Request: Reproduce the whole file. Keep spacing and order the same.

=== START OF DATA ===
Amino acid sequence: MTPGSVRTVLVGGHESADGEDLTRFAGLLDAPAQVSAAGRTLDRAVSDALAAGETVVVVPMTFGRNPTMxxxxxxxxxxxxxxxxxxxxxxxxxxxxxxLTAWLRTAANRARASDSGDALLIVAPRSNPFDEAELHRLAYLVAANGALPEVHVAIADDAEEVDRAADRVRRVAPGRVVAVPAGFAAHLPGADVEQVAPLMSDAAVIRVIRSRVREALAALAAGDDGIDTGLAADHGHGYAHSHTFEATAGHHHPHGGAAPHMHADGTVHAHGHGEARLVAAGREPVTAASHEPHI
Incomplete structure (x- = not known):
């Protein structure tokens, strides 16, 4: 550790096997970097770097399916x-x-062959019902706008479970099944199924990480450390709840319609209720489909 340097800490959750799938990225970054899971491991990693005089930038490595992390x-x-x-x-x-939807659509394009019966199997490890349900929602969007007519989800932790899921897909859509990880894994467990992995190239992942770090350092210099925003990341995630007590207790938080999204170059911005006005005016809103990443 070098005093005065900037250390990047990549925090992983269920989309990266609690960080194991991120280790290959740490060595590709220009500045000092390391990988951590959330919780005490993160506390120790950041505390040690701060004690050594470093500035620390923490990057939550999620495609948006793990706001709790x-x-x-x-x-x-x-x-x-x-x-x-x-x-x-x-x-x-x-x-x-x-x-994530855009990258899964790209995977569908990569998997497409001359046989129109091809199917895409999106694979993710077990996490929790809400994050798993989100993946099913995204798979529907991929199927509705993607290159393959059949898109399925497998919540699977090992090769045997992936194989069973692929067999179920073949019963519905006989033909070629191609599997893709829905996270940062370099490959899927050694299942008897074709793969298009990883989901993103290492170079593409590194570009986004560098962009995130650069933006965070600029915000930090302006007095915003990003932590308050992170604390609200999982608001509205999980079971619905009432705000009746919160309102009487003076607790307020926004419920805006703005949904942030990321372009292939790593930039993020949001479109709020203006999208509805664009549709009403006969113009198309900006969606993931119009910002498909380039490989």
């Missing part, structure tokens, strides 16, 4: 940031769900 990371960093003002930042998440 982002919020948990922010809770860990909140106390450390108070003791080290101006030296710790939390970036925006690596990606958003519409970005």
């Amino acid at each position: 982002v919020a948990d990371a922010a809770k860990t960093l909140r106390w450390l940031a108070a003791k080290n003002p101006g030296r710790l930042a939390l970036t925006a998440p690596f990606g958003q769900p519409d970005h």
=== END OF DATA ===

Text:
Amino acid sequence: MTPGSVRTVLVGGHESADGEDLTRFAGLLDAPAQVSAAGRTLDRAVSDALAAGETVVVVPMTFGRNPTMxxxxxxxxxxxxxxxxxxxxxxxxxxxxxxLTAWLRTAANRARASDSGDALLIVAPRSNPFDEAELHRLAYLVAANGALPEVHVAIADDAEEVDRAADRVRRVAPGRVVAVPAGFAAHLPGADVEQVAPLMSDAAVIRVIRSRVREALAALAAGDDGIDTGLAADHGHGYAHSHTFEATAGHHHPHGGAAPHMHADGTVHAHGHGEARLVAAGREPVTAASHEPHI
Incomplete structure (x- = not known):
């Protein structure tokens, strides 16, 4: 550790096997970097770097399916x-x-062959019902706008479970099944199924990480450390709840319609209720489909 340097800490959750799938990225970054899971491991990693005089930038490595992390x-x-x-x-x-939807659509394009019966199997490890349900929602969007007519989800932790899921897909859509990880894994467990992995190239992942770090350092210099925003990341995630007590207790938080999204170059911005006005005016809103990443 070098005093005065900037250390990047990549925090992983269920989309990266609690960080194991991120280790290959740490060595590709220009500045000092390391990988951590959330919780005490993160506390120790950041505390040690701060004690050594470093500035620390923490990057939550999620495609948006793990706001709790x-x-x-x-x-x-x-x-x-x-x-x-x-x-x-x-x-x-x-x-x-x-x-994530855009990258899964790209995977569908990569998997497409001359046989129109091809199917895409999106694979993710077990996490929790809400994050798993989100993946099913995204798979529907991929199927509705993607290159393959059949898109399925497998919540699977090992090769045997992936194989069973692929067999179920073949019963519905006989033909070629191609599997893709829905996270940062370099490959899927050694299942008897074709793969298009990883989901993103290492170079593409590194570009986004560098962009995130650069933006965070600029915000930090302006007095915003990003932590308050992170604390609200999982608001509205999980079971619905009432705000009746919160309102009487003076607790307020926004419920805006703005949904942030990321372009292939790593930039993020949001479109709020203006999208509805664009549709009403006969113009198309900006969606993931119009910002498909380039490989």
């Missing part, structure tokens, strides 16, 4: 940031769900 990371960093003002930042998440 982002919020948990922010809770860990909140106390450390108070003791080290101006030296710790939390970036925006690596990606958003519409970005």
């Amino acid at each position: 982002v919020a948990d990371a922010a809770k860990t960093l909140r106390w450390l940031a108070a003791k080290n003002p101006g030296r710790l930042a939390l970036t925006a998440p690596f990606g958003q769900p519409d970005h």